Australian and international farm policy news

€500 million comprehensive package of measures to support European farmers

In early September the European Commission released a package of support of €500 million of European Union (EU) funds for the benefit of farmers. The three main support packages were focused on:

1.    Helping farmers in the short term facing cash flow difficulties, especially the dairy sector.

2.    Addressing the market imbalance by stimulating demand and reducing supply, includes storage aid for butter, skimmed milk powder and pig meat and includes promotion and market discussion for dairy and pig meats sectors along with markets.

3.    Tackling supply chain challenges by establishing a new High Level Group focusing on credit for farmers, financial and risk hedging instruments.

These packages are designed to target the EU Member States farmers that have been most affected by the fall in pig meat prices, the impact of the Russian ban on imports of food from Europe, the very low milk prices and the current summer drought. Interestingly, EU farmers already receive over 40% of their annual income from EU taxpayers, but the current commodity price downturn has resulted in farmer blockades and protests, and the almost inevitable response from the EU. Australian farmers can only wonder at the scale of political power that the European farm sector appears able to wield in these situations!

ABARE reports Australia’s farm production forecast to hit $57.1 billion

Favourable seasonal conditions, an assumed lower Australian dollar and strong international demand is expected to drive the value of Australian farm production to record heights in 2015–16.

The gross value of Australia’s farm production is forecast to increase by 8% in 2015–16 to $57.1 billion, around 16% higher, in nominal terms, than the five-year average, according to the September edition of ABARES’ Agricultural Commodities report.

The value of livestock production is forecast to increase by 11% in 2015–16 to $29.1 billion, on the back of an expected increase in farmgate prices for beef cattle, lamb, sheep and wool. ABARES has also projected an increase of the gross value of crop production, which is expected to rise by 5% in 2015–16 to $28.1 billion.

The index of unit returns for Australian farm exports is forecast to rise by 4% in 2015–16, following an estimated rise of 6% in 2014–15. The forecast increase in 2015–16 mainly reflects the effect of the decline in the Australian exchange rate, especially against the United States (US) dollar.

This report highlights the major impact that the exchange rate of the Australian dollar has on the level of farm returns, and the impact and cost to Australian farms that was imposed on the sector by the mining boom over the past five years.

Mandatory market reporting to stay in the US

The USDA has recently released the findings of a research project, the objective of which was to assess the effects of the Livestock Mandatory Reporting Act on the operation of US livestock markets. The legislation currently in place in the US requires large-scale participants in specific livestock markets, including beef, pork, and sheep and lambs, to provide specific details of the numbers purchased, and the weights and prices paid for livestock to the USDA within specified timeframes.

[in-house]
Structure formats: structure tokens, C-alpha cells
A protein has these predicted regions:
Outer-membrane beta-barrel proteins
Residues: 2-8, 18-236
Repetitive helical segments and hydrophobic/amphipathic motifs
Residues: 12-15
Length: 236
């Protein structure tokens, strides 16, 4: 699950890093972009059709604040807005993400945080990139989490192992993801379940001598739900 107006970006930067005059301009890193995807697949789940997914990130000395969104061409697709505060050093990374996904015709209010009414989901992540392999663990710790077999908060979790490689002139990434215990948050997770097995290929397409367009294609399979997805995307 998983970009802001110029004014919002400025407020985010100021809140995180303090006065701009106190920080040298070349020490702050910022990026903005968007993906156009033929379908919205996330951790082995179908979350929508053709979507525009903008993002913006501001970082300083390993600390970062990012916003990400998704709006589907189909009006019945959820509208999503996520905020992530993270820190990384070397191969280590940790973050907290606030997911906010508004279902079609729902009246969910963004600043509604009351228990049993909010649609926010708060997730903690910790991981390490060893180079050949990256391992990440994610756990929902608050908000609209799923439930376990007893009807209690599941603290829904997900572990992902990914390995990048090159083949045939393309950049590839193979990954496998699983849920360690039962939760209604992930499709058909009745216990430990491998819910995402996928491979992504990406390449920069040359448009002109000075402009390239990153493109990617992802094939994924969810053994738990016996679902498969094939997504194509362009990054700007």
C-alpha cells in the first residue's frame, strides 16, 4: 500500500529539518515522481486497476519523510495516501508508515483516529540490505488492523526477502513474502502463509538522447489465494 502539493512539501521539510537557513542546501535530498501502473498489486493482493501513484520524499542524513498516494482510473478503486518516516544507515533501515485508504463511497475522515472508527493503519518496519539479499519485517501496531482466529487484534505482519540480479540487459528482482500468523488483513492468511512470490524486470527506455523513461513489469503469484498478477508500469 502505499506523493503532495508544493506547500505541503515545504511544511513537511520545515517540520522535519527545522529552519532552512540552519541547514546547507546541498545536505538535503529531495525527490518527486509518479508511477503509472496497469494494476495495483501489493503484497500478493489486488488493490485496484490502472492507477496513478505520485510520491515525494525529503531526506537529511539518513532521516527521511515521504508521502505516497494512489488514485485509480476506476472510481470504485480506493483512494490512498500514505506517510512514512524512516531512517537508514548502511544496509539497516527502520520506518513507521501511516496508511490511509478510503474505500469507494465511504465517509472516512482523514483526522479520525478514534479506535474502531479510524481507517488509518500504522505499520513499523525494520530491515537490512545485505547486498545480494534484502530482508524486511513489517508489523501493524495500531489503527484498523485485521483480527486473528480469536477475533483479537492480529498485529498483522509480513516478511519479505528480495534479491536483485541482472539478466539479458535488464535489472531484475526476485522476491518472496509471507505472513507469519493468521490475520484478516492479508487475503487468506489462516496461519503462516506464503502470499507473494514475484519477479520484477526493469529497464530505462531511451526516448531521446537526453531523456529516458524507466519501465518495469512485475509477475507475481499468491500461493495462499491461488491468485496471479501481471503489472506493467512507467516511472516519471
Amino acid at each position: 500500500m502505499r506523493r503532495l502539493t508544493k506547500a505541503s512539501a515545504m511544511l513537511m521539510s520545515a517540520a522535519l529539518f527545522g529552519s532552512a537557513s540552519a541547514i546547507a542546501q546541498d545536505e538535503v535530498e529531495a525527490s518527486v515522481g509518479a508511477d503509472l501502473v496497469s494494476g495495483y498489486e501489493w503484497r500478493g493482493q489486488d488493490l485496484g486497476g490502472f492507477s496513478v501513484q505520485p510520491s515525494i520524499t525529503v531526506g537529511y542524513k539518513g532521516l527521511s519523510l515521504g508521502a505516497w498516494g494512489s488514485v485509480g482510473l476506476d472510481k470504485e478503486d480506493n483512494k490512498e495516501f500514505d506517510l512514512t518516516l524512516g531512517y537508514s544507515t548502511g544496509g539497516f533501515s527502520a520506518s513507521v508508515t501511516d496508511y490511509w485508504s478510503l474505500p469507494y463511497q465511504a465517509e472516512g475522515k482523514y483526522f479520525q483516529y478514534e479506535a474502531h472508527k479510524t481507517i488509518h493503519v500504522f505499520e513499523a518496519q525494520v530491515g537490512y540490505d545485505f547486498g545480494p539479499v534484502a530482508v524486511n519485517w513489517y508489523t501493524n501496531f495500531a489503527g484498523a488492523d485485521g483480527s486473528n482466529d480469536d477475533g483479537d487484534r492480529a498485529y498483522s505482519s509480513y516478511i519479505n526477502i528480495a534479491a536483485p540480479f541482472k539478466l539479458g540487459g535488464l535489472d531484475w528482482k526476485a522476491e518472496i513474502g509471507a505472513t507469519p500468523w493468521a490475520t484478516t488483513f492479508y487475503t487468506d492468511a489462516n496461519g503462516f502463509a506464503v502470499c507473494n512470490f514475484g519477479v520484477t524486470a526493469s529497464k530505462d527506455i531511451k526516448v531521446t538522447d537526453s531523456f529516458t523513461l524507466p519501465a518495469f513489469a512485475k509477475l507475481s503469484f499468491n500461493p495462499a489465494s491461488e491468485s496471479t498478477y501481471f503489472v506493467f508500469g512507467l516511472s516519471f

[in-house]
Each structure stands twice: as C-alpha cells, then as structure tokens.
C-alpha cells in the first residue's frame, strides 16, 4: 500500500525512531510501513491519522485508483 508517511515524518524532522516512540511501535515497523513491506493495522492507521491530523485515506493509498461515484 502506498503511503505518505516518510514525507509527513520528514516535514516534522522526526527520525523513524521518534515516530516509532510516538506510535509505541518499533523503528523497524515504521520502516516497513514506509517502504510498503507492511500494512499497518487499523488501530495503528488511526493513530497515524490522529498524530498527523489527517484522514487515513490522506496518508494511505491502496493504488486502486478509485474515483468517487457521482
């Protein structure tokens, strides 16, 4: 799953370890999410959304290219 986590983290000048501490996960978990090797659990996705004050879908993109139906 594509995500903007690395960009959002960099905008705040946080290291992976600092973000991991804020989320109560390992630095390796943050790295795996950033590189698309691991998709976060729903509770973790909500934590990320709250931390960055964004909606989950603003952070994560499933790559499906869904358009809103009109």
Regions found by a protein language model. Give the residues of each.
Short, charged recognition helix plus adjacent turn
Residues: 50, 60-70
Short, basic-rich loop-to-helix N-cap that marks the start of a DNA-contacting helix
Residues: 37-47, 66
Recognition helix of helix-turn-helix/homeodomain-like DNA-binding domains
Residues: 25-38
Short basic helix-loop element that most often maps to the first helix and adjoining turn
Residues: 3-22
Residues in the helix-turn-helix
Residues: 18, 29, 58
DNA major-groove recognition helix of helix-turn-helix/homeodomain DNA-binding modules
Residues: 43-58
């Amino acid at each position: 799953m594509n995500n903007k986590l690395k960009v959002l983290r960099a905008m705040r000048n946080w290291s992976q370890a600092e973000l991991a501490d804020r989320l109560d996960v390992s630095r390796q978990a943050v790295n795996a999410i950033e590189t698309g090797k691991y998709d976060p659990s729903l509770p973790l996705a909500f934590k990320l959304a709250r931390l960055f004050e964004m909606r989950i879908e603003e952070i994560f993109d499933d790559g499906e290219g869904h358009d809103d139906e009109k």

One of the challenges associated with this sort of analysis is to try and establish what would happen in the absence of mandatory price reporting, and to use that as the basis to analyse the impacts of the mandatory reporting measures. This challenge is made more complicated by the drift away from more open price discovery mechanisms such as open-cry auctions, towards what the USDA refers to as alternative marketing arrangements (AMAs) that include contract supply arrangements, formula pricing forward sale arrangements. These AMAs have become predominant in the US pork and poultry industry, and also for the sale of slaughter cattle – mainly by feedlots.

The analytical method used to determine the effects of mandatory livestock reporting are somewhat complex, and essentially involve a comparison of the differences between AMA prices (forward sale and futures contract prices) and open-cry auction prices, before and after the introduction of mandatory livestock reporting. The analysis is made all the more complex by the fact that the US had a system of voluntary livestock market reporting prior to the introduction of the mandatory reporting system.

In summary, the analysis found that while results were mixed under mandatory reporting, the prices observed for AMAs generally were more closely correlated with prices reported at open auction, and that the prices farmers received under AMAs were responsive to changes in prices received at open auction, indicating that the mandatory reporting system resulted in welfare gains to livestock sellers, meatpackers, and – ultimately – consumers, all of whom benefit from having more information on prices.

US corn prices and farm returns

The projected average net income of grain farms in Illinois is estimated at around US$15,000 per farm, a huge drop from 2014 average of just above US$100,000 per farm (University of Illinois). Why such a difference? Corn growers in the US have experienced an extended run of good years prior to 2014, due to the biofuels mandate which dictates that almost 40% of US corn production goes to ethanol, and also due to strong demand from China. The demand from China currently appears to be a bit uncertain, and US corn stocks are now climbing on the back of three near-record harvests; all of which has combined to send the price of corn down from almost US$8 per bushel in 2012 to around US$3.80 currently. Recent projections of another record corn harvest in 2015 are further contributing to downward pressure on corn prices. 

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